Mobile operators MTN and Vodacom appear to be threatening legal action over the Independent Communications Authority of South Africa's (Icasa) decision to increase the termination rate they should pay to smaller rivals.
Connection rates to connect to networks owned by rival operators have been cut by Icasa. Image: Wiki Images
The two have previously warned that aggressive cuts could lead to job losses and a reduction in capital expenditure.
Termination rates‚ which will fall by 50% to 20c a minute in March‚ are fees that mobile operators pay to carry each other's calls.
However‚ MTN and Vodacom will pay their smaller rivals more than double the normal rate‚ according to the asymmetric termination rate. In draft regulations published last year‚ Icasa proposed an asymmetric rate of 39c/minute‚ but that was raised to 44c/minute.
Communications Minister Yunus Carrim has pleaded with the operators to accept the regulations‚ which are expected to help make calls cheaper.
High termination rates are seen as a barrier to small and new entrants being able to compete effectively on price because they have fewer customers‚ and most of their customers' calls are made to other networks‚ which results in them paying more in termination fees to the bigger operators.
Carrim said Icasa consulted extensively with all the parties.
"What some of them may lose in immediate profits will be exceeded by what they will gain in the medium- and long-term‚" he said.
Yunus Carrim says the regulations will benefit consumers. Image: GCIS
Vodacom‚ South Africa's biggest operator‚ is expected to lose the most as it is the largest net receiver of interconnection fees.
Both MTN and Vodacom have said that they were not opposed to the cuts‚ but they should be done responsibly. Vodacom said the asymmetric rate was more aggressive and unjustified‚ and a subsidy for the smaller operators.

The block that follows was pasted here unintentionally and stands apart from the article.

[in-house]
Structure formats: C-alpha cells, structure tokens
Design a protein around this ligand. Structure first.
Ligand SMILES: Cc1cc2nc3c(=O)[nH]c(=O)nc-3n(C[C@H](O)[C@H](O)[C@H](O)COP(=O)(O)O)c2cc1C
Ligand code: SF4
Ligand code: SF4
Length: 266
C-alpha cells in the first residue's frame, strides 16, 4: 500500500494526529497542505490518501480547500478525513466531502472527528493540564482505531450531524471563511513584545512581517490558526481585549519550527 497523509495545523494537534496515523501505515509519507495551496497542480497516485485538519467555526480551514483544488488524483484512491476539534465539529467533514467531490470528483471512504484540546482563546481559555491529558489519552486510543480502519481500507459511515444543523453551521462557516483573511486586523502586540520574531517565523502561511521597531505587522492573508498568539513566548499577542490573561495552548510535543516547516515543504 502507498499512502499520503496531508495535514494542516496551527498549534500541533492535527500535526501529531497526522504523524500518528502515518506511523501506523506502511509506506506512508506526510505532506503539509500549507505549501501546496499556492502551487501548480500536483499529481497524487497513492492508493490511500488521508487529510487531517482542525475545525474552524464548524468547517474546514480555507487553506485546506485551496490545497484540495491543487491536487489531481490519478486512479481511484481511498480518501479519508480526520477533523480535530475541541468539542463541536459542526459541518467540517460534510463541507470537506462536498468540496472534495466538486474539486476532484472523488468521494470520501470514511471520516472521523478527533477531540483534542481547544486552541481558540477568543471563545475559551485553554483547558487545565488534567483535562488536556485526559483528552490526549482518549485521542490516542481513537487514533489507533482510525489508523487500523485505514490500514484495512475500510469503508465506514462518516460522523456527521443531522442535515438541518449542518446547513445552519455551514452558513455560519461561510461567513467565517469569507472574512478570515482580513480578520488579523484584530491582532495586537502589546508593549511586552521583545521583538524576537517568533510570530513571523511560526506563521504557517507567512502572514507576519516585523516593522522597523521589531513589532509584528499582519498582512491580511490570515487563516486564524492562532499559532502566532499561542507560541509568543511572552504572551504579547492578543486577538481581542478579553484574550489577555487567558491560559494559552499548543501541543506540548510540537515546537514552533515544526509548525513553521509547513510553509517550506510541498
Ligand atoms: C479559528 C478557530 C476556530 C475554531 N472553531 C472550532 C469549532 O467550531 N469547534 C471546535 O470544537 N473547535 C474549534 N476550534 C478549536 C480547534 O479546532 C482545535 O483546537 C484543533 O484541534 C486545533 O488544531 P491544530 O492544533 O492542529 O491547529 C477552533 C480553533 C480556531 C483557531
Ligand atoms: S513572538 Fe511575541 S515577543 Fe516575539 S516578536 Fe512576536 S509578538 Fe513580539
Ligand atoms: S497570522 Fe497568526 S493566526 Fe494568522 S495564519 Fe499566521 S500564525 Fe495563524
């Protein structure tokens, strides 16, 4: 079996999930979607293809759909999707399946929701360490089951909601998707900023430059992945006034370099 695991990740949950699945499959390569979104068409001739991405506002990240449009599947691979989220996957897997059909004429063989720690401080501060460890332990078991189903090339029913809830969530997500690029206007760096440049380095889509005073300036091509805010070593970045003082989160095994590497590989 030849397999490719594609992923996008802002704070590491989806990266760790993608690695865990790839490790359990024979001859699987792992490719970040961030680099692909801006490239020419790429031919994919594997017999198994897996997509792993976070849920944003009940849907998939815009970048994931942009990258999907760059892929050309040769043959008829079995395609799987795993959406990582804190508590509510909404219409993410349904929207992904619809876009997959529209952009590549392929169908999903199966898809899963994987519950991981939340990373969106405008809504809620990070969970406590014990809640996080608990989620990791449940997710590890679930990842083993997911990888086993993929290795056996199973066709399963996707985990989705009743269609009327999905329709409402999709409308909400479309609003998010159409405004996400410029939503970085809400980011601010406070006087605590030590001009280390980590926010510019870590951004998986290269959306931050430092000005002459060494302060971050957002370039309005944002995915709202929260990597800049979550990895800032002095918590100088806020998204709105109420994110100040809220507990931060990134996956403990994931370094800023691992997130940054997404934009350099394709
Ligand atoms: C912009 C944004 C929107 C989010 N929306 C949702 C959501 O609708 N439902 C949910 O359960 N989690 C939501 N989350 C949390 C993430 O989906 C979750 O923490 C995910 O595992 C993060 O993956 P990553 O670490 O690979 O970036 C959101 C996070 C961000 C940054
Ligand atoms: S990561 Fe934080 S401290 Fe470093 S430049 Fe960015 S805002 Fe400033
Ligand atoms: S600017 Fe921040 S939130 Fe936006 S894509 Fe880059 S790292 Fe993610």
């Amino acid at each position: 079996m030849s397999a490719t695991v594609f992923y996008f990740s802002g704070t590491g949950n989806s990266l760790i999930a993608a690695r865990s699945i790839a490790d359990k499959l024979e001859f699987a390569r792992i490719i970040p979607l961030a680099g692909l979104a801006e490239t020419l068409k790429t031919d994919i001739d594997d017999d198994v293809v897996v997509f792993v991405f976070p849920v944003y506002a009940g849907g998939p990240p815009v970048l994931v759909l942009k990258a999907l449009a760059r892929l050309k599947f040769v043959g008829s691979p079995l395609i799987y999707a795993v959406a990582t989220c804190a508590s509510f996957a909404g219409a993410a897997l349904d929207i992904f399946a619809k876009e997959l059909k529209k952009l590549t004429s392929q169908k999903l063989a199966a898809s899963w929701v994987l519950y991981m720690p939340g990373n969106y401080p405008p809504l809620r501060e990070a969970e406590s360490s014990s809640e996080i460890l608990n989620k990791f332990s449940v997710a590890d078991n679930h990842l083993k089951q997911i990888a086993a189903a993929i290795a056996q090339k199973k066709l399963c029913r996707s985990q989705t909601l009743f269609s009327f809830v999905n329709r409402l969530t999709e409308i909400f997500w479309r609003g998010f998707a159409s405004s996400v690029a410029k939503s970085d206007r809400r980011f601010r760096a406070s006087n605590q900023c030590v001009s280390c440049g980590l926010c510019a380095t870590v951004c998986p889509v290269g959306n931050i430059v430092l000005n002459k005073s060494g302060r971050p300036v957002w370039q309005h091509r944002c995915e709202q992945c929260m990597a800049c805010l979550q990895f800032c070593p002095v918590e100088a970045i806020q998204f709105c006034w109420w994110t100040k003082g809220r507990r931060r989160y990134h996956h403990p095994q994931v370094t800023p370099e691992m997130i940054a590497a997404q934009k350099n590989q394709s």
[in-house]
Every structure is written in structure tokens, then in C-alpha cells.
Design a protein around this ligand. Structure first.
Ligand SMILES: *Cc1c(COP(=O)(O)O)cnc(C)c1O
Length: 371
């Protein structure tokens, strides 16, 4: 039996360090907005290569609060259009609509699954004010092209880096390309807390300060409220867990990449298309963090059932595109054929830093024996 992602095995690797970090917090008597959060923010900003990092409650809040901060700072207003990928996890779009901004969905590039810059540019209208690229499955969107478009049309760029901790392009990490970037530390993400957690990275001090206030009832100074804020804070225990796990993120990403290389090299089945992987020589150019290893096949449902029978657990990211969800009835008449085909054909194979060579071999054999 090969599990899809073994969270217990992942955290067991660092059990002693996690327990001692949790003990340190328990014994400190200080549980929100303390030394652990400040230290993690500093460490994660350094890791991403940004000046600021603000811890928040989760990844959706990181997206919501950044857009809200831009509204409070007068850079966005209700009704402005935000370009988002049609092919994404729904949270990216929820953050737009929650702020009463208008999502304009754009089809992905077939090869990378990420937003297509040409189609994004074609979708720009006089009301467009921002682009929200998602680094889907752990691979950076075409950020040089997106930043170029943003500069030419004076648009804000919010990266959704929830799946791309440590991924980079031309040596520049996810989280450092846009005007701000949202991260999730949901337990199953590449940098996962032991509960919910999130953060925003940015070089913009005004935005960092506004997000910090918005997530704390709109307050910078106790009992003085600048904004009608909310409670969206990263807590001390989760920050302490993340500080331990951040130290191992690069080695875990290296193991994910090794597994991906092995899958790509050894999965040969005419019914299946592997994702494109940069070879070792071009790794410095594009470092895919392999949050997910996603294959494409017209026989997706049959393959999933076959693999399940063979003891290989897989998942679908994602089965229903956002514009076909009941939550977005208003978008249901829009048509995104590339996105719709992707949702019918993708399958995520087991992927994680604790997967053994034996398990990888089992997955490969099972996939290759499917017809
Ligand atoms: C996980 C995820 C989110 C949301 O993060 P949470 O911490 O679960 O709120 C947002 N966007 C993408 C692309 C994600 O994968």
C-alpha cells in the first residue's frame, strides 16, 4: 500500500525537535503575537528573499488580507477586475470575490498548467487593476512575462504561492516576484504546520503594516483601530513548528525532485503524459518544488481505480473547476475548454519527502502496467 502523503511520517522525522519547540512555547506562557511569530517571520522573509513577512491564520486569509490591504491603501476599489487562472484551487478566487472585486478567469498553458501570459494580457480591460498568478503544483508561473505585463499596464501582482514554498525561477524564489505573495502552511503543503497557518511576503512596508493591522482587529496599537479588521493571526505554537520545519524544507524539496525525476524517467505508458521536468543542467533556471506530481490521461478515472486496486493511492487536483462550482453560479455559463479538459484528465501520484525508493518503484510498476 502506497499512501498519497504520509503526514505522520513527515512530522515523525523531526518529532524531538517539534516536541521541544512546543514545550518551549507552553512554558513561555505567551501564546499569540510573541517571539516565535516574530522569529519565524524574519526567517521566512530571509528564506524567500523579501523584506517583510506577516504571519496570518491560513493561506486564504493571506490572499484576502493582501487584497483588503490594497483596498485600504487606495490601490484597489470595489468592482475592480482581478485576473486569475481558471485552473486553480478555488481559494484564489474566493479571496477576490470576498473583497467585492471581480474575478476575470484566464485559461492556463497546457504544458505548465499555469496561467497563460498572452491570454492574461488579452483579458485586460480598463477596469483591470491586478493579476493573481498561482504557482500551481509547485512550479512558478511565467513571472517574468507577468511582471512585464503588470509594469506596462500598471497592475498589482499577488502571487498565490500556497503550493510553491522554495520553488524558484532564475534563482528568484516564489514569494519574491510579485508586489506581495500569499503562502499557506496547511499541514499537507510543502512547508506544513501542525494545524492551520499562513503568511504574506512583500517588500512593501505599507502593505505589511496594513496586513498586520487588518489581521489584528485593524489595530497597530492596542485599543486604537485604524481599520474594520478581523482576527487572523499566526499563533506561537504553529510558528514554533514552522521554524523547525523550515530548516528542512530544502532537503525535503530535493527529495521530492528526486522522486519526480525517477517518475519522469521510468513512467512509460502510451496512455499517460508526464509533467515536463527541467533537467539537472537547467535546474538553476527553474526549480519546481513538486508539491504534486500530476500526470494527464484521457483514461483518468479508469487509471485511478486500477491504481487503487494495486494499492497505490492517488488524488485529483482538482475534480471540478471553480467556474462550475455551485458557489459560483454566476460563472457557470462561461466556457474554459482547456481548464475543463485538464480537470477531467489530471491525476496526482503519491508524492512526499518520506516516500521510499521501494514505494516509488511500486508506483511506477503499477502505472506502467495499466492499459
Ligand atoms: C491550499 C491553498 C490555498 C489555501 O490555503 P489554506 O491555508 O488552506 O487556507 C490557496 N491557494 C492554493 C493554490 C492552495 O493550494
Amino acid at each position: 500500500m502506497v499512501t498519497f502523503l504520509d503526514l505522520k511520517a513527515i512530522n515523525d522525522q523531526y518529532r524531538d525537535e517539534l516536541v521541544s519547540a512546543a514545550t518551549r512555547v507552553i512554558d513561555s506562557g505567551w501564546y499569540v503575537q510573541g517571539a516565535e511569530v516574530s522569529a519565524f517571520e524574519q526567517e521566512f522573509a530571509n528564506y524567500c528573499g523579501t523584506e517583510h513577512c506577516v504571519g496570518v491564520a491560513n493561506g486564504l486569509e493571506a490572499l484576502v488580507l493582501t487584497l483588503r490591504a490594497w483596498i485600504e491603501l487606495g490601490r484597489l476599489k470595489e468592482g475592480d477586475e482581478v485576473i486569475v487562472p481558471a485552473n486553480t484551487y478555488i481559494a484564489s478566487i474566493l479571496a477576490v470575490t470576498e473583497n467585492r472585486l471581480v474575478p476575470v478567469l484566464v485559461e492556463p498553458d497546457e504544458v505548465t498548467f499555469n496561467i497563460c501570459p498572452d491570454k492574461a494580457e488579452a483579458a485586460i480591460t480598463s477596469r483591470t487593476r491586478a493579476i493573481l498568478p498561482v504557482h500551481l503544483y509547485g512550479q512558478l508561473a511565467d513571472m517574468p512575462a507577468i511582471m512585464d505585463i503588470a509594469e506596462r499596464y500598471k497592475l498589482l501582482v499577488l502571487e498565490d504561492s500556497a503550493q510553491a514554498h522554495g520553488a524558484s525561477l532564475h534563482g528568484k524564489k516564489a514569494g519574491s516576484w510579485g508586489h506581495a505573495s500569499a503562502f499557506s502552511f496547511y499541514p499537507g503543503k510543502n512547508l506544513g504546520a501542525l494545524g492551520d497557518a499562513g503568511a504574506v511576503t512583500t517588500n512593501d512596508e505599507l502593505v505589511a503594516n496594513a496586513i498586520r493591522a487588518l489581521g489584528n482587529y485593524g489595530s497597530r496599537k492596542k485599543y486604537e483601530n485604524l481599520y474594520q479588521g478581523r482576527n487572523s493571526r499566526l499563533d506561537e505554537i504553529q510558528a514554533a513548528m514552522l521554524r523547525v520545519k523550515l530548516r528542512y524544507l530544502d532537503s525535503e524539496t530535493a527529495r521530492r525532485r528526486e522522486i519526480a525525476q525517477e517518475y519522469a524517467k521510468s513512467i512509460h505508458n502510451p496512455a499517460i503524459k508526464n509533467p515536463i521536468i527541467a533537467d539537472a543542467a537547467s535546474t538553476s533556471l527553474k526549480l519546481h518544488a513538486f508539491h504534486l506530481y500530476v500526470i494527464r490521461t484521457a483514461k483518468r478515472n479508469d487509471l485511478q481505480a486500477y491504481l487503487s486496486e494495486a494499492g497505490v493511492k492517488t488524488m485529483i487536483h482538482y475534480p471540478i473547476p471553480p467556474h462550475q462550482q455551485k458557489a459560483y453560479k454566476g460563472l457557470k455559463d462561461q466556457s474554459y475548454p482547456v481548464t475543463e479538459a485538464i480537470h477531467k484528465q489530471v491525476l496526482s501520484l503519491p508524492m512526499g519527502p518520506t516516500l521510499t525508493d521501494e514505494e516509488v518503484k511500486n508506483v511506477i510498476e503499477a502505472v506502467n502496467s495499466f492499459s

Both Vodacom's chief executive, Shameel Joosub and MTN SA's chief executive Zunaid Bulbulia said that they were considering their options‚ which may point to the two companies contemplating legal action against Icasa's decision.
Bulbulia said new termination rates were a substantial departure from the 2010 rules‚ which set an important regulatory precedent regarding matters such as a gradual reduction in fees over time.
The pricing relief will not be immediate as the lower termination rates will decline gradually over three years.
Icasa said that while the asymmetric rate was high‚ it was intended to provide a "conducive environment" for smaller operators to invest in infrastructure.
Next year‚ the rate will fall to 15c/minute‚ and in 2016 it will be 10c/minute. The asymmetric termination rate will be 42c/minute next year‚ 40c/minute in 2016 and 20c/minute in 2017.
Old Mutual Investment Group's Electus telecommunications analyst Greg Cort said the direct effect on Vodacom and MTN was not that significant‚ perhaps a few hundred million rand a year.
"However‚ the biggest impact could come should Vodacom and MTN have to drop their prices in response to increased competition‚ resetting their significant voice revenue bases‚" he said.
Telkom‚ which is set to gain the most‚ said the reduction would substantially contribute to reducing the cost of communication and the consumer would be the beneficiary.
Cell C's acting chief executive Jose dos Santos said the company was confident that it can drive access to more affordable communications.
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